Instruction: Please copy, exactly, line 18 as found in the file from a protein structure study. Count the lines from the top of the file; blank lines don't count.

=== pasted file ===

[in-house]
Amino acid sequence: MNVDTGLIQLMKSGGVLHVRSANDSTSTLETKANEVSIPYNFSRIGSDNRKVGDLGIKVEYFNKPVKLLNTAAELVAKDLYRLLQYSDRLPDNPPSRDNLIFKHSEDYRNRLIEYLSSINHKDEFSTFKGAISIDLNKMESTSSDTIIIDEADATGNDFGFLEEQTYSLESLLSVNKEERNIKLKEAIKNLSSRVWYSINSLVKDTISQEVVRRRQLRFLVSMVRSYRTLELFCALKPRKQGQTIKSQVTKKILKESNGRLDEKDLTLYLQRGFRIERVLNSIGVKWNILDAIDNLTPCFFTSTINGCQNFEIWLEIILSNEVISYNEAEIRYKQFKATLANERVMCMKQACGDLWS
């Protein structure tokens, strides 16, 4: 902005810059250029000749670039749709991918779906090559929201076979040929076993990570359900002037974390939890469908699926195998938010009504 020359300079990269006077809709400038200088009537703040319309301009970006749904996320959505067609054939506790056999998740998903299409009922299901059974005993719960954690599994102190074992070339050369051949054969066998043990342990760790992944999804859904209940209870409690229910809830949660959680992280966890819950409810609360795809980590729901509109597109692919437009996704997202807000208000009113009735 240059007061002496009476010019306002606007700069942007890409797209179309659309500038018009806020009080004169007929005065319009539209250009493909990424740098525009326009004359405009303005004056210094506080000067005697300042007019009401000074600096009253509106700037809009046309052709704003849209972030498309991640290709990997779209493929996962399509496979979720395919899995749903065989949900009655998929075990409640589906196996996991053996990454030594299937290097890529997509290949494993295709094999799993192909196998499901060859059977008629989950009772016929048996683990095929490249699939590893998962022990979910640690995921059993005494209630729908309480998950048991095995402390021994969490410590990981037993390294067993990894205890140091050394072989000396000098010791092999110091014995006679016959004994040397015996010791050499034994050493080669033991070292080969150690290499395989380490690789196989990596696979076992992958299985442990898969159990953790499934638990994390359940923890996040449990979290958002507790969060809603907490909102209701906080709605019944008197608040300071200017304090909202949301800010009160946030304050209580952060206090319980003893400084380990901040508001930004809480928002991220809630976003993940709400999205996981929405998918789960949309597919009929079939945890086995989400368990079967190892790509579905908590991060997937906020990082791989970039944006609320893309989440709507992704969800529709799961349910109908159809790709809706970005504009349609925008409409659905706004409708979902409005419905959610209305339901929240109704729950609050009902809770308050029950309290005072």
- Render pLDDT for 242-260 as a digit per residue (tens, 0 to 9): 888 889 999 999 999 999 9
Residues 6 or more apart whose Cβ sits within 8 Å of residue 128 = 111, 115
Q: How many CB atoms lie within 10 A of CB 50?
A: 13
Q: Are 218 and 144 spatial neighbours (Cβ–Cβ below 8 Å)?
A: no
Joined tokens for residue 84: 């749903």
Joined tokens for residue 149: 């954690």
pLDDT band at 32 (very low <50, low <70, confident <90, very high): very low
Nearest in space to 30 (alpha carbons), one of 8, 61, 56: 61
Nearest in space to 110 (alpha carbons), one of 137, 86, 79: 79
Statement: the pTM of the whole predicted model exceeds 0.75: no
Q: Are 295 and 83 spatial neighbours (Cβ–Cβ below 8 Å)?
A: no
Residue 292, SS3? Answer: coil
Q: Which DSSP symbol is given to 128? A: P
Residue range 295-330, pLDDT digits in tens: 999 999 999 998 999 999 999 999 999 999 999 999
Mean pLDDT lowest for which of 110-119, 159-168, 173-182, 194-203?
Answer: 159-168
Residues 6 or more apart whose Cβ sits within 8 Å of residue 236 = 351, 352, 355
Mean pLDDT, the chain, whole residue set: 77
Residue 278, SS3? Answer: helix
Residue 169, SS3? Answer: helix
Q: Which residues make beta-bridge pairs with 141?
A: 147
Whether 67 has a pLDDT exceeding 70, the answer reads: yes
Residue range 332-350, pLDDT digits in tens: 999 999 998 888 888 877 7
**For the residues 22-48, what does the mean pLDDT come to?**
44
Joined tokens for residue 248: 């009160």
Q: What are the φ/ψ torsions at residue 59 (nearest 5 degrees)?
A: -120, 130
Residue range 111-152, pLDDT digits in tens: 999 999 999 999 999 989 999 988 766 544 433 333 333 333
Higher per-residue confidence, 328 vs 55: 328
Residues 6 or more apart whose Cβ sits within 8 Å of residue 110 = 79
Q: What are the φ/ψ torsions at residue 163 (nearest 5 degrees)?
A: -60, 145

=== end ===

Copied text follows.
Residue 292, SS3? Answer: coil